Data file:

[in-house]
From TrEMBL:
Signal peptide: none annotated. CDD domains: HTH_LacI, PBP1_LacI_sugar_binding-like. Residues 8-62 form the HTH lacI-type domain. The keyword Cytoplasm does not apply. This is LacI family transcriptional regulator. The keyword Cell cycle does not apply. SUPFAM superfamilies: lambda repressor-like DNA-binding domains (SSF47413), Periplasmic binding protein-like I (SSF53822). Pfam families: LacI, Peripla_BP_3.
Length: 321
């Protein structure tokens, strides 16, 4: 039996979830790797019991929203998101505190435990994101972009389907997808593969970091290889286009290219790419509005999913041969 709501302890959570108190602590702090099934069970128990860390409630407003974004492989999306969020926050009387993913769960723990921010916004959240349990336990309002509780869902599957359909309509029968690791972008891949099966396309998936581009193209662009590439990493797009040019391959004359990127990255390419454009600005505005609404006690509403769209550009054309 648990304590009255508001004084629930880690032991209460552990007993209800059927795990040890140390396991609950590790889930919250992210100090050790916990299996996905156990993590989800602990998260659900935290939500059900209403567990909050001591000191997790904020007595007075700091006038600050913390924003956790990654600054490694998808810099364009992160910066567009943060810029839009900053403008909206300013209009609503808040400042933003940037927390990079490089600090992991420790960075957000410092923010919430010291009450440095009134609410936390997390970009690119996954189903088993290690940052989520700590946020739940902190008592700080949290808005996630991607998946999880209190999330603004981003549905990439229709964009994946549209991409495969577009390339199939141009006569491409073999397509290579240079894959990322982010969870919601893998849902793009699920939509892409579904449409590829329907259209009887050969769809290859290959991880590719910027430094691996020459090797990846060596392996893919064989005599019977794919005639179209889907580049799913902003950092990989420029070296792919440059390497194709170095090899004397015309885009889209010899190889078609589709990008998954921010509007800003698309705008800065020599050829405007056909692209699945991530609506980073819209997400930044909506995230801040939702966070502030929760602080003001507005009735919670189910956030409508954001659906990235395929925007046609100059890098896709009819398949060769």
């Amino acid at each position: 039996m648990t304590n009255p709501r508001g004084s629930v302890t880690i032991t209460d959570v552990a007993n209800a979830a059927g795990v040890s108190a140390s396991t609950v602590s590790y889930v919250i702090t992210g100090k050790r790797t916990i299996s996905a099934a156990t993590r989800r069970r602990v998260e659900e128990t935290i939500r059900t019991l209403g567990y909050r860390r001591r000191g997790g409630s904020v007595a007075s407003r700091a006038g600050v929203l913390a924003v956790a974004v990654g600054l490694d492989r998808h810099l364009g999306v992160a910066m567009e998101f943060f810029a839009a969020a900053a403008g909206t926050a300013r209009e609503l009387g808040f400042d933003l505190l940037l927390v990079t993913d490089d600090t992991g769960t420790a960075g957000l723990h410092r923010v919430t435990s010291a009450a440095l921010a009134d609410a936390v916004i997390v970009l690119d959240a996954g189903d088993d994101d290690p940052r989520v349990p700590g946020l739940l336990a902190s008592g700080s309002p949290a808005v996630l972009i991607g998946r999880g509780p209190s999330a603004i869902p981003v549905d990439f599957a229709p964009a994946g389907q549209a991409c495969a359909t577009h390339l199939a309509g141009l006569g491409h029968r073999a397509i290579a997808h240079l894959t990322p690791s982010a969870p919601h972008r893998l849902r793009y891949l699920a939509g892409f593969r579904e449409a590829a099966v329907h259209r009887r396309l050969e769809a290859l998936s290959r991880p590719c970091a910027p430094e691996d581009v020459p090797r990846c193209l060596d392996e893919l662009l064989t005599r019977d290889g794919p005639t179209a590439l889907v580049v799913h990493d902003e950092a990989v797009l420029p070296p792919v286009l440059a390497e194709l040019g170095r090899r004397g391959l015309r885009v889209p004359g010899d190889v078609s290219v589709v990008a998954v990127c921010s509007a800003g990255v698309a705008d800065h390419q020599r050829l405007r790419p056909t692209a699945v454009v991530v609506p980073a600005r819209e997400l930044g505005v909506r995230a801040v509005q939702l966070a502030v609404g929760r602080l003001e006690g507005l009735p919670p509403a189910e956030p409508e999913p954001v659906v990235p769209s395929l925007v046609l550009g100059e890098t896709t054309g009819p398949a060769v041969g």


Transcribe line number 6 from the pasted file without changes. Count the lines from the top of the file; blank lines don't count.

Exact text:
């Amino acid at each position: 039996m648990t304590n009255p709501r508001g004084s629930v302890t880690i032991t209460d959570v552990a007993n209800a979830a059927g795990v040890s108190a140390s396991t609950v602590s590790y889930v919250i702090t992210g100090k050790r790797t916990i299996s996905a099934a156990t993590r989800r069970r602990v998260e659900e128990t935290i939500r059900t019991l209403g567990y909050r860390r001591r000191g997790g409630s904020v007595a007075s407003r700091a006038g600050v929203l913390a924003v956790a974004v990654g600054l490694d492989r998808h810099l364009g999306v992160a910066m567009e998101f943060f810029a839009a969020a900053a403008g909206t926050a300013r209009e609503l009387g808040f400042d933003l505190l940037l927390v990079t993913d490089d600090t992991g769960t420790a960075g957000l723990h410092r923010v919430t435990s010291a009450a440095l921010a009134d609410a936390v916004i997390v970009l690119d959240a996954g189903d088993d994101d290690p940052r989520v349990p700590g946020l739940l336990a902190s008592g700080s309002p949290a808005v996630l972009i991607g998946r999880g509780p209190s999330a603004i869902p981003v549905d990439f599957a229709p964009a994946g389907q549209a991409c495969a359909t577009h390339l199939a309509g141009l006569g491409h029968r073999a397509i290579a997808h240079l894959t990322p690791s982010a969870p919601h972008r893998l849902r793009y891949l699920a939509g892409f593969r579904e449409a590829a099966v329907h259209r009887r396309l050969e769809a290859l998936s290959r991880p590719c970091a910027p430094e691996d581009v020459p090797r990846c193209l060596d392996e893919l662009l064989t005599r019977d290889g794919p005639t179209a590439l889907v580049v799913h990493d902003e950092a990989v797009l420029p070296p792919v286009l440059a390497e194709l040019g170095r090899r004397g391959l015309r885009v889209p004359g010899d190889v078609s290219v589709v990008a998954v990127c921010s509007a800003g990255v698309a705008d800065h390419q020599r050829l405007r790419p056909t692209a699945v454009v991530v609506p980073a600005r819209e997400l930044g505005v909506r995230a801040v509005q939702l966070a502030v609404g929760r602080l003001e006690g507005l009735p919670p509403a189910e956030p409508e999913p954001v659906v990235p769209s395929l925007v046609l550009g100059e890098t896709t054309g009819p398949a060769v041969g």